NATION IN BRIEF

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Thursday, May 24, 2007

Invasive-Species Relief Sought for Great Lakes

A coalition of conservation groups called yesterday for a voluntary moratorium on the use of oceangoing vessels in the Great Lakes to stop the spread of invasive species. They noted that a nonnative fish virus known as VHS is killing fish across the lakes and that the invasive zebra mussel initially introduced in the Great Lakes have been found as far away as Lake Mead in Nevada.

"The Great Lakes are ground zero for freshwater invasives coming into America," said Jennifer Nalbone, Great Lakes United's director for navigation and invasive species. "It is not just a Great Lakes problem; it's a national problem."

Aquatic invasive species account for an estimated $5 billion a year in damage and control costs. Oceangoing vessels account for about 7 percent of Great Lakes traffic, according to the coalition. A recent study by researchers at Grand Valley State University showed that diverting their cargo to rail, barge and truck routes would cost about $55 million per year.

The coalition said the moratorium would be a stopgap measure until Congress passes legislation, which has been stalled for five years, to require the treatment and monitoring of ballast water. Michigan has enacted a law on invasive species, but it is being challenged in court by shipping interests. Legislators in other states have discussed similar bills.

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· TALLAHASSEE -- The family of a teenager who died after being roughed up by juvenile boot-camp guards last year will receive $5 million under a bill signed by Gov. Charlie Crist (R) . Martin Lee Anderson, 14, died in January 2006 shortly after being kneed and struck and having ammonia tablets held to his nose at the military-style facility run by the Bay County Sheriff's Office in Panama City. The state has already paid Anderson's parents $200,000, the most allowed by law without legislative approval. The bill signed by Crist will pay the remaining $4.8 million.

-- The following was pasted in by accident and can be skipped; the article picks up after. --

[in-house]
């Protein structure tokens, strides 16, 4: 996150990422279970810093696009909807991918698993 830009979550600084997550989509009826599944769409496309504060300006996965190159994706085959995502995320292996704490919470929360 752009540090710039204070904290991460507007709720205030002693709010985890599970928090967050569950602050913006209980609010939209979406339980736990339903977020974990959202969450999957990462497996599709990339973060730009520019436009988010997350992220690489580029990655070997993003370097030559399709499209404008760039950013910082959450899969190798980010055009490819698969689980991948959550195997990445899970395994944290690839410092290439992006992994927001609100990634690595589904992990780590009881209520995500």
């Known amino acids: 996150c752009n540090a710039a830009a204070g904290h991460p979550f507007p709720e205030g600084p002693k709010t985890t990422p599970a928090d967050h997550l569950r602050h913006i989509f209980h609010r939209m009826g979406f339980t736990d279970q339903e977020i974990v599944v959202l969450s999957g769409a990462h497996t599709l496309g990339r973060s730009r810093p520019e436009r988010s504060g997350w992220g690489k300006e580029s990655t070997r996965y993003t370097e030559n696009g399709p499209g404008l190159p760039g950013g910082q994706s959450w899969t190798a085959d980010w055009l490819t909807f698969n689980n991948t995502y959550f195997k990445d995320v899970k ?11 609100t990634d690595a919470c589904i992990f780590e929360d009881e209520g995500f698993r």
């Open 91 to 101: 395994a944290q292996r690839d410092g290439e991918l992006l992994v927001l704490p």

· CHICAGO -- Disorderly-conduct charges were dropped against the Cary-Grove High School senior who wrote a violent class essay shortly after the Virginia Tech massacre. "We believe, as the school did, that Mr. Lee is not a threat to himself, his teacher, his classmates, the principal or the school," McHenry County State's Attorney Louis Bianchi said after the hearing. The dropping of the charges means that Allen Lee, 18, will be eligible to enlist in the Marines. The Marine Corps canceled his enlistment when the charges were filed.

· NEW YORK -- Philanthropist and retired hedge-fund manager Robert W. Wilson said he is giving $22.5 million to the Archdiocese of New York to fund a scholarship program for needy inner-city students attending Roman Catholic schools. Wilson, 80, said in a phone interview that although he is an atheist, he has no problem donating money to a fund linked to Catholic schools.

· RIO VISTA, Calif. -- Hope dimmed for two lost, wounded whales as scientists spotted the humpbacks wildly slapping their tails on the water in possible distress as they lingered far from their ocean home. Deep cuts on the mother whale and her calf, likely caused by a run-in with a boat, were worsening after more than a week in freshwater surroundings that the pair are not physically well equipped to inhabit, biologists said.

-- From Staff Reports and News Services


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